Apple v. Google case may end patent gold rush

“Since the Supreme Court refused to narrow patents on software and business methods two years ago, there has been a patent market boom,” Dana Blankenhorn writes for TheStreet.

“Just last month, Microsoft spent $1 billion on AOL patents,” Blankenhorn writes. “his followed Google’s $12.5 billion purchase of Motorola Mobility, allegedly for its patents, and the $4.5 billion purchase of Nortel patents by a consortium of big tech outfits [led by Apple].”

Blankenhorn writes, “If the gold rush ends, however, credit Richard Posner. Posner, an esteemed conservative theorist is now a senior judge on the U.S. Court of Appeals in Chicago, and is currently sitting in as a trial judge. But this is no ordinary patent trial. It’s Apple v. Motorola. The unit of Motorola being sued is the one Google is buying.”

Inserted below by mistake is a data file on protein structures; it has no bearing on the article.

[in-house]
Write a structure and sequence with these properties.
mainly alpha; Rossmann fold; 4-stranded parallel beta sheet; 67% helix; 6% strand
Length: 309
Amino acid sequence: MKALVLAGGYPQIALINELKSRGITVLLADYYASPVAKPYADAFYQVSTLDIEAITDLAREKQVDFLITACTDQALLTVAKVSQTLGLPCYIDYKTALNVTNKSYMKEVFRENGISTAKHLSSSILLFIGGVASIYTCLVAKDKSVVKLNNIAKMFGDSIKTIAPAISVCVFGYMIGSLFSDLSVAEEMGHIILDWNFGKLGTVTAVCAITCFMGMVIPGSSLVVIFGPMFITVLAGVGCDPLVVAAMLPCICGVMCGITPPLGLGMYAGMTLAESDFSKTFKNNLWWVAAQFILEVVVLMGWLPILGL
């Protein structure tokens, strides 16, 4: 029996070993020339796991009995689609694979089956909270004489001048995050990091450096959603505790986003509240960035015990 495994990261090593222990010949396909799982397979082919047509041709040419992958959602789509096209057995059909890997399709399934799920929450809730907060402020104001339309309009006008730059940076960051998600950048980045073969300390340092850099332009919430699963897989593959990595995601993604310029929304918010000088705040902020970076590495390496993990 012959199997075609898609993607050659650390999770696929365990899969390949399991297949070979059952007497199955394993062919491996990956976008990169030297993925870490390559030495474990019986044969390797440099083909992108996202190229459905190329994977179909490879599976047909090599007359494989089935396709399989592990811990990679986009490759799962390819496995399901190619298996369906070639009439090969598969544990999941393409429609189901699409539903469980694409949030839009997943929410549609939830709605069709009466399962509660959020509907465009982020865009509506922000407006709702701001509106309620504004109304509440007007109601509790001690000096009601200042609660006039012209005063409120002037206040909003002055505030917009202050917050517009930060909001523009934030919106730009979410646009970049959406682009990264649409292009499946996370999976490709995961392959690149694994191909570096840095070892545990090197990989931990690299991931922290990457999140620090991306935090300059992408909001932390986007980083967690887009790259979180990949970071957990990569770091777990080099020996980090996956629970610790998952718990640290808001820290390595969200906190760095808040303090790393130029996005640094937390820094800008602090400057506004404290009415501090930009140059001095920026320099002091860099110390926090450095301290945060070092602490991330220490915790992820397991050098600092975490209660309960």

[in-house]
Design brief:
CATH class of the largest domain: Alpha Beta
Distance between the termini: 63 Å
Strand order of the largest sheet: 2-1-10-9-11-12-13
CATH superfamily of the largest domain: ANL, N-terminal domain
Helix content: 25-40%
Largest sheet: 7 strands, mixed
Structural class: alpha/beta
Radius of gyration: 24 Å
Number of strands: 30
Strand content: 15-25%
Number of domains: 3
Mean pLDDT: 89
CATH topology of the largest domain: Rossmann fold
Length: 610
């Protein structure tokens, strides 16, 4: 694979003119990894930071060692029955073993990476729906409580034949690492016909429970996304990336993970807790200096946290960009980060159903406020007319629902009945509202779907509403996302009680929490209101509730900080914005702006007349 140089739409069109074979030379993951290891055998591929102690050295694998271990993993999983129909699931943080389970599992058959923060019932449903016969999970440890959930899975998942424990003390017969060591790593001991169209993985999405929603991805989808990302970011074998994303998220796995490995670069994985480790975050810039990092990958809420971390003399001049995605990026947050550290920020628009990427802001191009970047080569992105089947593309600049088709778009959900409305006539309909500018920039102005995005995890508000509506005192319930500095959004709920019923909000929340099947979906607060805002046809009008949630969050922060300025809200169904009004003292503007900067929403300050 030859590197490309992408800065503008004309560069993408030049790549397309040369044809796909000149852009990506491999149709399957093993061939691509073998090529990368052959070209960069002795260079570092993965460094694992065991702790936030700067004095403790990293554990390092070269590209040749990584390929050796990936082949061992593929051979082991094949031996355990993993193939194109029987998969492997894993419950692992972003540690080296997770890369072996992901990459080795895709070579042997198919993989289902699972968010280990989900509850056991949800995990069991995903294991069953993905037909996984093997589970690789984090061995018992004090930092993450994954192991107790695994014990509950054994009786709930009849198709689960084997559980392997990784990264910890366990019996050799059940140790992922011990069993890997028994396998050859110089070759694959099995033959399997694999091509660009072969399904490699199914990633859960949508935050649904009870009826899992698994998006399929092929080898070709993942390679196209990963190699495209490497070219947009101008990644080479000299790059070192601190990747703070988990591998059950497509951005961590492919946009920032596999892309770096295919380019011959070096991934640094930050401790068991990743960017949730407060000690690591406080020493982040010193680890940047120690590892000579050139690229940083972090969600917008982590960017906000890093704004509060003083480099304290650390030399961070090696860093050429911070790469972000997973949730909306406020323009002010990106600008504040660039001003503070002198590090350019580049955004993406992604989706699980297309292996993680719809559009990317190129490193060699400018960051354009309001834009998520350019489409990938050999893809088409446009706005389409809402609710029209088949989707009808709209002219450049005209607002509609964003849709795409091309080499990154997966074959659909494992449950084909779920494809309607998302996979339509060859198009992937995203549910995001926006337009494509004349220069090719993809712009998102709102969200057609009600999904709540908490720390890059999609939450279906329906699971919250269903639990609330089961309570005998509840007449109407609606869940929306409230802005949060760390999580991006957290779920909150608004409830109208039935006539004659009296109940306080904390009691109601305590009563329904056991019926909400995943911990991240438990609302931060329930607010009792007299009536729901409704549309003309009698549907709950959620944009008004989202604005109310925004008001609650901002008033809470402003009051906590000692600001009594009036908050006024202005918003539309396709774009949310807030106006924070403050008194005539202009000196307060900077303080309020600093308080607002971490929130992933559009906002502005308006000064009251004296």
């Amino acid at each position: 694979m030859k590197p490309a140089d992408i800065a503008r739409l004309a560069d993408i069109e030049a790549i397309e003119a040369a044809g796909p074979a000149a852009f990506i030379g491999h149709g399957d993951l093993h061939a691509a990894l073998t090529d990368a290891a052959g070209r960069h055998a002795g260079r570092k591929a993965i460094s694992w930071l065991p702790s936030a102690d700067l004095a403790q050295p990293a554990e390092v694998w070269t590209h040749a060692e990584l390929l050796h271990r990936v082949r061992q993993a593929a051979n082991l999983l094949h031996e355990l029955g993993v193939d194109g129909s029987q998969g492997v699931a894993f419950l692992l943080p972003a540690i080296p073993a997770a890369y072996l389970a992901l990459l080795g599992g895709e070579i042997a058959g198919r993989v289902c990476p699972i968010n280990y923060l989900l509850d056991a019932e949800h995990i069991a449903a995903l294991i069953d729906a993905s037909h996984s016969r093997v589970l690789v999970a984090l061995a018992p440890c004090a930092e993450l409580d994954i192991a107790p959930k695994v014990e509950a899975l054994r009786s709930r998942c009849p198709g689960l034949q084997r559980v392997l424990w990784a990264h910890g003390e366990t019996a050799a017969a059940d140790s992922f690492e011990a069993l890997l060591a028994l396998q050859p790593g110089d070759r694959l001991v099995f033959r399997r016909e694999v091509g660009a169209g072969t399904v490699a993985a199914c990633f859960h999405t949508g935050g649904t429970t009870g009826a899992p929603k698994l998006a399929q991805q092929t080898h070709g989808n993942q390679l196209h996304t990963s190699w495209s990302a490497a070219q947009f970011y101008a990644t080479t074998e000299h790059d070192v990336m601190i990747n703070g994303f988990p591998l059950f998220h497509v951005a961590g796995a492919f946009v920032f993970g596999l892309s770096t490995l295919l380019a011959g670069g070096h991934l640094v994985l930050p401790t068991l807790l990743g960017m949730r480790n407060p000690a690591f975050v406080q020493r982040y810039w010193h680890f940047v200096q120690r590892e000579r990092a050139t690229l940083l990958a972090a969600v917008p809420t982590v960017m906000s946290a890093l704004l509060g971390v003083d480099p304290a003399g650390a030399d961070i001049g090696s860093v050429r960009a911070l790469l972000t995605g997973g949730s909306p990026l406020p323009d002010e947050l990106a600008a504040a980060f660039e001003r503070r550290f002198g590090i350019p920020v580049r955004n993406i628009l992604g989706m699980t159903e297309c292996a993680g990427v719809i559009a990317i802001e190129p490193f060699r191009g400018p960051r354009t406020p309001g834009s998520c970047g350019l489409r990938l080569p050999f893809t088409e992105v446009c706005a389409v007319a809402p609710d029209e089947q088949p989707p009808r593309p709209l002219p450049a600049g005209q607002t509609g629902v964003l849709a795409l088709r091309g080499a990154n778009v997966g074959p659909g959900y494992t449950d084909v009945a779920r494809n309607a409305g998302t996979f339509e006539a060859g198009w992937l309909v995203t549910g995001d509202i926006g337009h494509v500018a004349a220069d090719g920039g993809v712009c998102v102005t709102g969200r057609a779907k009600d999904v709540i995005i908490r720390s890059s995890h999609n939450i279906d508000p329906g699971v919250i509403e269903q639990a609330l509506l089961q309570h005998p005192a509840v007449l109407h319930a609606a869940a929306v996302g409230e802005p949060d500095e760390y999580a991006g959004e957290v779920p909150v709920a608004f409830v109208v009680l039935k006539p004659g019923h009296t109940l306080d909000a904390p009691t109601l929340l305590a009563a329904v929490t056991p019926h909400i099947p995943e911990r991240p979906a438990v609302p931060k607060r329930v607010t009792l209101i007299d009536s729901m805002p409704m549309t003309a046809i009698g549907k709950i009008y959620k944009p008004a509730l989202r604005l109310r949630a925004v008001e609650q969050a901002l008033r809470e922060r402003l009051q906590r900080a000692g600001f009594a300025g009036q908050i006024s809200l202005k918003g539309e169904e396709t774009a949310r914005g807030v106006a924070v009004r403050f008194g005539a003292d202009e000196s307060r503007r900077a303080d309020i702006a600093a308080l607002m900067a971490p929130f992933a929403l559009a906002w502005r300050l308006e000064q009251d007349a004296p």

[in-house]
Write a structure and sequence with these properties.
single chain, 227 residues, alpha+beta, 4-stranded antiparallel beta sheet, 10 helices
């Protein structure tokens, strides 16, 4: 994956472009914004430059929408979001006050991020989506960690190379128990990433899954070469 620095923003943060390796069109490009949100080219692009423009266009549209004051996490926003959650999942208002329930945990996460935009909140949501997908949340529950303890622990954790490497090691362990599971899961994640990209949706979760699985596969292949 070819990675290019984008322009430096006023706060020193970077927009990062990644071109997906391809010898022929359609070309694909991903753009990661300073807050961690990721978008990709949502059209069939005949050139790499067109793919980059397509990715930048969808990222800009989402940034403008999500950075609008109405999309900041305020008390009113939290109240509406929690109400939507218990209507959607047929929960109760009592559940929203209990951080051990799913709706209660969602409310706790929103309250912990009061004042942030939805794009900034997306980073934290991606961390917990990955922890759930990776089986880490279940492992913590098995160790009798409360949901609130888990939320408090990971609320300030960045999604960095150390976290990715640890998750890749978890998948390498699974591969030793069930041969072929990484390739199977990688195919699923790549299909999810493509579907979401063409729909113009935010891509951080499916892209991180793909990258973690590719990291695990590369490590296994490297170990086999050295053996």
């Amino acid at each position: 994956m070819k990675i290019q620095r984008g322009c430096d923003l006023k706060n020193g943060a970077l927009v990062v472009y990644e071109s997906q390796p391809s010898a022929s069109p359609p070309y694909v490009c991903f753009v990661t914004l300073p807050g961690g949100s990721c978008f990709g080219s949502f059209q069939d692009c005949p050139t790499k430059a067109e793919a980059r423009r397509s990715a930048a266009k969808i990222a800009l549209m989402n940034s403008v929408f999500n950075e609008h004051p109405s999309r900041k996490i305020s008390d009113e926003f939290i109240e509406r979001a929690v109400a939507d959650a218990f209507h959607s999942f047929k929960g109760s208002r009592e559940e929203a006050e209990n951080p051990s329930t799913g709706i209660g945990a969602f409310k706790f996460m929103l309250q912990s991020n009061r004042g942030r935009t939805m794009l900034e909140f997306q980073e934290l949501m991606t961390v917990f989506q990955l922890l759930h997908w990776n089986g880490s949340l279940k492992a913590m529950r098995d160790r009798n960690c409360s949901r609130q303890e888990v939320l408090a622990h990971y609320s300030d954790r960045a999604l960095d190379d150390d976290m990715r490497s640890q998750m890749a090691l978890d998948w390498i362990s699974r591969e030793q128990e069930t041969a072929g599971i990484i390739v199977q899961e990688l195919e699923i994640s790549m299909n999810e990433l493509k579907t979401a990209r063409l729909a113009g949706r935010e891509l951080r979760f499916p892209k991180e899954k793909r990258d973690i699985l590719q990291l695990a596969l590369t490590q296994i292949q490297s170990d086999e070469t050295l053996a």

“He takes no nonsense. Posner has ruled Apple’s claim constructions ‘superior,’ those of Motorola ‘ridiculous,'” Blankenhorn writes. “Only patents that are on point are going to be covered. Posner has identified one patent on ‘touchscreen heuristics’ (Steve Jobs is listed as one of the inventors) as the centerpiece of the case.”

Read more in the full article here.

1 Comment

  1. I hope to one day get to tell my grand children about how the way they interface with the technology today was greatly influenced by a great visionary Steve Jobs. He was born the same year as me and he is greatly missed by the world and those that loved him.

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